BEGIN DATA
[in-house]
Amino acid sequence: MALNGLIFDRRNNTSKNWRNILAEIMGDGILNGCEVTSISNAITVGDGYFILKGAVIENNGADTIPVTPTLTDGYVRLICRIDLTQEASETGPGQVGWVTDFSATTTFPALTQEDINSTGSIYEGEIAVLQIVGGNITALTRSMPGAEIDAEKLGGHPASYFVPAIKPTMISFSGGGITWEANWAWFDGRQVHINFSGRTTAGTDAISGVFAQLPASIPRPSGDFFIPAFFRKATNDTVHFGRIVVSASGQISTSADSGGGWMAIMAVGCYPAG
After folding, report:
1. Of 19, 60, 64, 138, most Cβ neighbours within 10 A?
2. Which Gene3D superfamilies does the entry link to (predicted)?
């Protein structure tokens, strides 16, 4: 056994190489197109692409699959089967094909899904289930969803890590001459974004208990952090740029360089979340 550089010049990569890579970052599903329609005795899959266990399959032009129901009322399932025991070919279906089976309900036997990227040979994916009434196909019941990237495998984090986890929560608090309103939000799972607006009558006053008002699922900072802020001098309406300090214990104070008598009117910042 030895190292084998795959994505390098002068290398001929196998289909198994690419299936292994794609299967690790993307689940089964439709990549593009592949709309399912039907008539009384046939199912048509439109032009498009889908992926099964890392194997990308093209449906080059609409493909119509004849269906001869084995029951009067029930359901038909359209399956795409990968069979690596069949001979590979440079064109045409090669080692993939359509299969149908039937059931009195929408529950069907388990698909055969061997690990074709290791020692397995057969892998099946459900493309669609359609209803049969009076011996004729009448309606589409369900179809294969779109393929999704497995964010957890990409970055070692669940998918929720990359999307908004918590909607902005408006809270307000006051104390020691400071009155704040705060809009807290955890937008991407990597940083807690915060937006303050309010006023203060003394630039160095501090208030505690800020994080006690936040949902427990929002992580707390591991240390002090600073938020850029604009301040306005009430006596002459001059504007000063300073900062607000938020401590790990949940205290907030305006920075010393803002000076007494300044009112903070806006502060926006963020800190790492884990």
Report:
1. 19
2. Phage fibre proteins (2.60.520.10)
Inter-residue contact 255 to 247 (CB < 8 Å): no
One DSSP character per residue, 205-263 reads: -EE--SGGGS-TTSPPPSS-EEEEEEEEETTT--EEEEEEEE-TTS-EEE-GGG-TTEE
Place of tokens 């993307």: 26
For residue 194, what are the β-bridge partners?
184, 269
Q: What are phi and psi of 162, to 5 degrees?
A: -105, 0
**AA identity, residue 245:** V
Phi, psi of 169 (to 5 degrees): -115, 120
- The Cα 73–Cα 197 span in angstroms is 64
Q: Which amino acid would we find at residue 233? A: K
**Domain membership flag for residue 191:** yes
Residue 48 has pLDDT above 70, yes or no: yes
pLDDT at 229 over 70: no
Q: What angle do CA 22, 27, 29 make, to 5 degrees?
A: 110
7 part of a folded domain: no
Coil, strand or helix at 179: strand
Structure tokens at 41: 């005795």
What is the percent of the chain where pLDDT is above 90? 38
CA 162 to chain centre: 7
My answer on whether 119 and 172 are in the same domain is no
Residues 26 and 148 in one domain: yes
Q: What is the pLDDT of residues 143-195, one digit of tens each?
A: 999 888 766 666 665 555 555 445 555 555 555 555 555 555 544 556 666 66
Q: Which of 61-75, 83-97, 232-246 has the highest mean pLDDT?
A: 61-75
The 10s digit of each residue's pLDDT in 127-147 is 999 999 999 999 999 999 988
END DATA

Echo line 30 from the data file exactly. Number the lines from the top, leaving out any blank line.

CA 162 to chain centre: 7